One last show for me for day 4 of the 2014 Ottawa Fringe Festival…it would be my fifteenth, and while that’s actually a little lower than what I had planned for this time, I’m feeling good about it. I can honestly say I’ve enjoyed everything that I’ve seen so far, and had a good vibe about the net one to come. Having just played over in Montreal at THEIR Fringe, I had missed it duing my brief time over there but had no intention of missing it here.

A one-manner by Bradley Spann, ME AND MY MONKEY is his solo autobigraphical show about growing up in South Central LA with a single Mother, house full of abusive sisters, a somewhat deadbeat Dad giving the occasional ride and lecture to them all…and of course, the monkey. Talking us through his early years with genuine charm, Bradley starts off the show with the fateful car ride in which one of his sisters somehow convinces her Dad to buy her a pet Monkey for her birthday. Bradley, having just been chewed out for asking for a single comic book (he has serious geek love for the Silver Surfer, but Dad just thinks he should be playing football like a ‘normal’ kid), is flabbergasted. And things roll merrily, and occasionally miserably, onwards from there.

Bradley Spann in ME AND MY MONKEY (pic by Karen Spies)
Bradley Spann in ME AND MY MONKEY (pic by Karen Spies)

Given some sharp direction from Claire Patton, this is a perfectly engaging show from a performer/creator whose investment in the material is impossible to ignore. Universal struggles like sibling rivalry and disapproving parents are given a fresh feel from Bradley’s animated storytelling…he’s a big, soft-spoken and eloquent man who seems very easy with a smile, and it’s pretty infectious. There are some strong emotional payoffs in this show, especially a moment in his later years when he finally has a chance to triumph over his Father after years of being put down…and the darker moments are balanced nicely with childhood comic book fantasies, and of course the titular monkey (and did I mention there’s also a raccoon? Because there’s a raccoon too). Different chapters in the story are transitioned to via some catchy tunes, and there’s one particular lighting cue that really makes a strong impression. Bradley Spann is a wonderful fellow to listen to, and you’ll like what has to tell you at the Arts Court Library. And admit it, you really want to hear more about this monkey. Peace, love and soul,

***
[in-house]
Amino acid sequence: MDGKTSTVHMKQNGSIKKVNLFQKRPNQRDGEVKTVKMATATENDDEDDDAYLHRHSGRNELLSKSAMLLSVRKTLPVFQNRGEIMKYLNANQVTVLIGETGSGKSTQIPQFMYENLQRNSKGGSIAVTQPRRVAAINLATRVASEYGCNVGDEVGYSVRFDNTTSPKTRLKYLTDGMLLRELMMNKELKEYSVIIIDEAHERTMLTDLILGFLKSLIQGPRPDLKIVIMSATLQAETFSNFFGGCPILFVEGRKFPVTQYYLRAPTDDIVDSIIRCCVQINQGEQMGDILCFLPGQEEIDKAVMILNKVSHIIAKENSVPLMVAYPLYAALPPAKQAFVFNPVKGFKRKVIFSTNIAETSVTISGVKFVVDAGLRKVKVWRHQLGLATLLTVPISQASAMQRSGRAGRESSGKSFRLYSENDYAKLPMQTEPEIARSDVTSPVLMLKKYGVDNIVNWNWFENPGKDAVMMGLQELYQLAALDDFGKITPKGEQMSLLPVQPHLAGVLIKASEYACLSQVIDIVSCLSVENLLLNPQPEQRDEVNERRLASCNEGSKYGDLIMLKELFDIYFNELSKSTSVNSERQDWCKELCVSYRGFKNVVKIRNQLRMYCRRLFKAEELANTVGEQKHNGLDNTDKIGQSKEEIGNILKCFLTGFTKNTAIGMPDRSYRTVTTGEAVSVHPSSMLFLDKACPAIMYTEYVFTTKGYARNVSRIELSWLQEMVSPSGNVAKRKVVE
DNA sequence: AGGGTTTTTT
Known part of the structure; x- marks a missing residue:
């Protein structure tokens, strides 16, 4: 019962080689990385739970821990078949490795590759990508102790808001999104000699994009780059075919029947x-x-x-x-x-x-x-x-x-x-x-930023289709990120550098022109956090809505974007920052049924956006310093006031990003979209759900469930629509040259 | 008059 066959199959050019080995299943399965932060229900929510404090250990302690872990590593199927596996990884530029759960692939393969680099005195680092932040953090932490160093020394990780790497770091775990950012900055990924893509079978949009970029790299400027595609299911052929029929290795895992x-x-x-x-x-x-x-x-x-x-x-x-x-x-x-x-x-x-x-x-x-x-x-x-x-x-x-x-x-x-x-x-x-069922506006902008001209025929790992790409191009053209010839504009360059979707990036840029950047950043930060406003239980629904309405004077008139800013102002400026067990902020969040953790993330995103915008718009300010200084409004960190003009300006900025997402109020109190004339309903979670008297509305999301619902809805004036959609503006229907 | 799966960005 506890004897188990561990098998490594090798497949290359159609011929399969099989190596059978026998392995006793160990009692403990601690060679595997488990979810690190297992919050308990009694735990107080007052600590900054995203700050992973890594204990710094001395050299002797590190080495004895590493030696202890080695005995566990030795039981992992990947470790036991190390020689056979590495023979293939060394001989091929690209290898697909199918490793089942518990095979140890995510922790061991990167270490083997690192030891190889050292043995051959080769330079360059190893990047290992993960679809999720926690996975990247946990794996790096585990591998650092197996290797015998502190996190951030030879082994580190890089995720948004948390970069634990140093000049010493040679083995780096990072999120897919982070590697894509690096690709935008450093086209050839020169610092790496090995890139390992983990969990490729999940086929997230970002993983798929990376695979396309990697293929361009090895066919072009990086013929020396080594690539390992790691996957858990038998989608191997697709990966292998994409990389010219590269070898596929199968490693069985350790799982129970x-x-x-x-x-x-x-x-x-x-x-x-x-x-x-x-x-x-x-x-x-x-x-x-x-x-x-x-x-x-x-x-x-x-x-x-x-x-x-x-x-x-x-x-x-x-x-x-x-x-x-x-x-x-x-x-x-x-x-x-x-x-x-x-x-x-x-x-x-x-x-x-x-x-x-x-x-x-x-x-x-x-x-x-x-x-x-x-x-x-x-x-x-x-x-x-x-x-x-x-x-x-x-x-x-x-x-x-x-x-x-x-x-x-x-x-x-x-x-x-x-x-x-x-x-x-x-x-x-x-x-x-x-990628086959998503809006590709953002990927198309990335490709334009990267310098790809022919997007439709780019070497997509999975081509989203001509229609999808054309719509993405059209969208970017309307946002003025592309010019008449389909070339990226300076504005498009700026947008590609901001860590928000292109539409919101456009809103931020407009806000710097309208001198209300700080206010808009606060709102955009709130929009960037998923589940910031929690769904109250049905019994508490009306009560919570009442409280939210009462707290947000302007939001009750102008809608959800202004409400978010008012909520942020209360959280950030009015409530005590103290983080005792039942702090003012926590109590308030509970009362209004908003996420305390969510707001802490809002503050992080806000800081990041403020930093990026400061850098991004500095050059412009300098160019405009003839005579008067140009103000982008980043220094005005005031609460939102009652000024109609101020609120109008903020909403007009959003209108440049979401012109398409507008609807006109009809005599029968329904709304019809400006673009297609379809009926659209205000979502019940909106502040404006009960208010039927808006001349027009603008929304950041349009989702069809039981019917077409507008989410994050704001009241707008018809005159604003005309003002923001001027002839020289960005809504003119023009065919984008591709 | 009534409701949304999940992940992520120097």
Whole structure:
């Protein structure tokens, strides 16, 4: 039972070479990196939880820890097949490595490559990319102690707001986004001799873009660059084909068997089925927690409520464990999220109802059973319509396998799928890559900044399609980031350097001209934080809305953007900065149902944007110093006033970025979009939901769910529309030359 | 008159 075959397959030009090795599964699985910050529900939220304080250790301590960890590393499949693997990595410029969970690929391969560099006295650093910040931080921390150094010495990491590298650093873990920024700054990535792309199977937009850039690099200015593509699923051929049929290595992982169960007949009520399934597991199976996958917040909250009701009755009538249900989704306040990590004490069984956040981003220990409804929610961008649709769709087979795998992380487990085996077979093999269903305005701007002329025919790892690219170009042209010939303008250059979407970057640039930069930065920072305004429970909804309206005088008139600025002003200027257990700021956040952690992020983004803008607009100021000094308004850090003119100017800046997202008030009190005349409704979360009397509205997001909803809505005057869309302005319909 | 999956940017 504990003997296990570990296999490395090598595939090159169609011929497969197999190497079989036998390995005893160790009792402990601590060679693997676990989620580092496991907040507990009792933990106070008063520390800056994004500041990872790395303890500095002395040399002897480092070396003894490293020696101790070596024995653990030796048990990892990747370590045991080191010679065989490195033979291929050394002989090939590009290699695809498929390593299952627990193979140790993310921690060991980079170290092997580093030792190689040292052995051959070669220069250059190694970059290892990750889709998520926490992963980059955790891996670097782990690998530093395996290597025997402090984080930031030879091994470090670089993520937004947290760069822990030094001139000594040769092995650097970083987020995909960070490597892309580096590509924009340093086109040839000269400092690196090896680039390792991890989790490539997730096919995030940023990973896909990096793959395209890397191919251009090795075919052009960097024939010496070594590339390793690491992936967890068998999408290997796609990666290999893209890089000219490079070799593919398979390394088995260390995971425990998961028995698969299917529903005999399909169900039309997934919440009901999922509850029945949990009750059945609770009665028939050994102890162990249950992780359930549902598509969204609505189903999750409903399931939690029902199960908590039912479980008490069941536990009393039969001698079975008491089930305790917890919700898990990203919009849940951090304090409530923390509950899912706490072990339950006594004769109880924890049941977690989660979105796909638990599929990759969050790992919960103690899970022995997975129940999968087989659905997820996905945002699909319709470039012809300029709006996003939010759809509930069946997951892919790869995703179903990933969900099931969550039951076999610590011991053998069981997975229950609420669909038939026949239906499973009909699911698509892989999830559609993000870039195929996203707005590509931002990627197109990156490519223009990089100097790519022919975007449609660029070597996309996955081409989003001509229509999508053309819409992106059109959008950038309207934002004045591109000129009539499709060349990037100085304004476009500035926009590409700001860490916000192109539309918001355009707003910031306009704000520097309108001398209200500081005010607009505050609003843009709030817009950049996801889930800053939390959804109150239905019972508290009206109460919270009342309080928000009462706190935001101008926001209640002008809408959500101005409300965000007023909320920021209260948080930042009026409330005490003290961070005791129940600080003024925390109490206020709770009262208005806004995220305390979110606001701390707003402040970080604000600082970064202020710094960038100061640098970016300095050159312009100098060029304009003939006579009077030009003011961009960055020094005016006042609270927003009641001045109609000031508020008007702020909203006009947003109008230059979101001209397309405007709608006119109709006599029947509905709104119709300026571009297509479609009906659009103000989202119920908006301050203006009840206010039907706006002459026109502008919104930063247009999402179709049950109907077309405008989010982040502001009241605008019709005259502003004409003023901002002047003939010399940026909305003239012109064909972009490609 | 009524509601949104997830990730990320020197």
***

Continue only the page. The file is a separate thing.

Kevin Reid

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